Extras: HOW FACTUALLY ACCURATE IS PEAKY BLINDERS?

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by Aveline MacQuoid on August 23, 2021

in Extras

How Factually Accurate Is Peaky Blinders?

Peaky Blinders is one of the most successful dramas in recent times, as the viewing figures on the BBC have continued to grow with every season. However, the success of the show has led to a number of tours being established to show locals just how factually correct the drama actually is.

Of course, there are certain parts of the show that are true, while other aspects have been overplayed in order to create one of the most iconic shows on television. But, which factors in the show are actually factually correct?

The Peaky Blinders Were A Real Gang

First and foremost, the Peaky Blinders were a real gang in the West Midlands. The gang operated from the late 1800s until the early 1910s. There are many factors surrounding the gang that were true, most notably the clothing that they wore. The hats were a trademark of the gang, but contrary to popular belief, they didn’t have razor blades in the flat peak caps.

The crimes that the gang were a part of were similar to what we saw in the first couple of seasons, as they gained power through illegal bookmaking and having control over gambling. However, unlike in the drama, Billy Kimber, who was killed by Tommy in season 1, was actually originally a member of the Birmingham Boys, who overtook the Peaky Blinders.

Real Historical Figures

While the timeline may have been adjusted to incorporate real-life characters, there are a number of historical figures that are portrayed in Peaky Blinders. One of the main ones is undoubtedly Winston Churchill, who was open to working with the gang in the most recent season. However, while Churchill would have been a prominent figure during the time period, he wouldn’t have had a chance to work with the original Peaky Blinders.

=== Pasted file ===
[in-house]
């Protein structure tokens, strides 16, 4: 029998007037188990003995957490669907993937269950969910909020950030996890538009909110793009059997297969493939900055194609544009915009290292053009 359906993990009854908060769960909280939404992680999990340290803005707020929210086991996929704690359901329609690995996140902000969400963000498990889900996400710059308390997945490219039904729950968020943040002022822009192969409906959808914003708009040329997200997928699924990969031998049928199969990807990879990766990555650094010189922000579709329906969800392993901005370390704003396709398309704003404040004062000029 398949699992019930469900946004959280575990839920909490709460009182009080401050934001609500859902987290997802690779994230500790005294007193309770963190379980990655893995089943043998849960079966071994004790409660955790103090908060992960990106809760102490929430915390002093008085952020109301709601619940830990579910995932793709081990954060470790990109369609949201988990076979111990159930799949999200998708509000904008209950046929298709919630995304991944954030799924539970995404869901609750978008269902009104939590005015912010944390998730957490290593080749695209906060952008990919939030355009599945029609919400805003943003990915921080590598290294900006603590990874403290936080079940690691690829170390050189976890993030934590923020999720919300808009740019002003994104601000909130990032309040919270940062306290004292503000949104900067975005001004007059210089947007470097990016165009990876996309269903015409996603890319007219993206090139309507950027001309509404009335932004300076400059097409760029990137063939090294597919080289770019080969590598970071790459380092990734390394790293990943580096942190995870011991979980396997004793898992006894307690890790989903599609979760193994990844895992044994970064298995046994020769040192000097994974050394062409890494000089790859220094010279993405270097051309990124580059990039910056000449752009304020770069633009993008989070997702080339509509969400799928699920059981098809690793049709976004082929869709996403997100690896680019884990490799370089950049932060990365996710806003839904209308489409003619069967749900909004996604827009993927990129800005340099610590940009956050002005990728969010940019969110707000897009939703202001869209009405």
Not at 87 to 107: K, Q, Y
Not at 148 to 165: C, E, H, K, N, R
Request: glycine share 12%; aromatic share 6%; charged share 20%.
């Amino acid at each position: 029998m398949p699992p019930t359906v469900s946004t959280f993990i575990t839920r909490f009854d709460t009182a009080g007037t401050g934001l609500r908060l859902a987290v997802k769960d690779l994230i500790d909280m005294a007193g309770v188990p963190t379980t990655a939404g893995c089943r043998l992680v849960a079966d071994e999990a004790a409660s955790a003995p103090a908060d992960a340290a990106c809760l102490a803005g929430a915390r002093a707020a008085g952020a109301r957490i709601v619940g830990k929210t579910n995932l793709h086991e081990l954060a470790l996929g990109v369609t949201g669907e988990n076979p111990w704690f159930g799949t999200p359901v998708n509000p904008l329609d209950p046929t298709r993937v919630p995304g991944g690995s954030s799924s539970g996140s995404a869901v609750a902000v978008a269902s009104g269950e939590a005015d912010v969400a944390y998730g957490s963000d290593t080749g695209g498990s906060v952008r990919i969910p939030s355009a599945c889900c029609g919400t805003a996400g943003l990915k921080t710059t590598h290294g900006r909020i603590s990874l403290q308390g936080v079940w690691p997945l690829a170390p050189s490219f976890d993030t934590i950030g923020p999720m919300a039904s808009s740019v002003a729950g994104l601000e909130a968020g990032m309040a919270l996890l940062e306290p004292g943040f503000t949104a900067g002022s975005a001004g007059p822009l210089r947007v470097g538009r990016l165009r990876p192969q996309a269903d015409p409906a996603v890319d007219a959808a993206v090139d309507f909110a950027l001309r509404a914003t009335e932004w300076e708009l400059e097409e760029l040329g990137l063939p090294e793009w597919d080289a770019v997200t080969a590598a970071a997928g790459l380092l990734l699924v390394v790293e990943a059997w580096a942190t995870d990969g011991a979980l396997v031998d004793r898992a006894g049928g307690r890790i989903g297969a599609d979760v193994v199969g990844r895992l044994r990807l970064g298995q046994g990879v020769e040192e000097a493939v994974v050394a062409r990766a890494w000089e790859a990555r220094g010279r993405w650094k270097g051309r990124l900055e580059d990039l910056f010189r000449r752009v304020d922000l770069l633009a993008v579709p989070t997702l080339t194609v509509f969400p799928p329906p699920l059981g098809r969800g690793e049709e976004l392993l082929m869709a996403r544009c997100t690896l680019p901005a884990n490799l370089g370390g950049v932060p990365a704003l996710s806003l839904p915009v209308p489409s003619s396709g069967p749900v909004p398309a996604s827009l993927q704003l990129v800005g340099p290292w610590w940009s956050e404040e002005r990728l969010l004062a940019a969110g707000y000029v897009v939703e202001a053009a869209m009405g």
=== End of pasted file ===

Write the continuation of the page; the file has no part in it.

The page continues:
Oswald Mosley is also another real-life character, who was the leader of the British Union of Fascists. However, his popularity soon vanished following the outbreak of World War 2. Jessie Eden, Charlie Chaplin and Darby Sabini are other real-life historical figures that appeared in the show. However, we could be set to see more real-life figures appear in the drama in the future.

Gang’s Reliance On Horse Racing

One aspect of the underground gangs that the drama gets complete accurate is the importance of horse racing. The sport was a hotbed for criminal activity, as gambling was illegal. However, such was the need for people to bet on the sport, gangs were able to run underground gambling operations, similar to what we saw in the opening two seasons of the Peaky Blinders on BBC. The Brummie gang were also one of the biggest in Birmingham when it came to underground betting, which enabled them to take control of the city.

For the first couple of seasons, horse racing was a very prominent factor in the show, but has recently taken a back seat as the show focuses more on Tommy’s political aspirations. However, we will be hoping to see more racing action in the upcoming season as the Peaky Blinders get back to basics to reassert their control in Birmingham.

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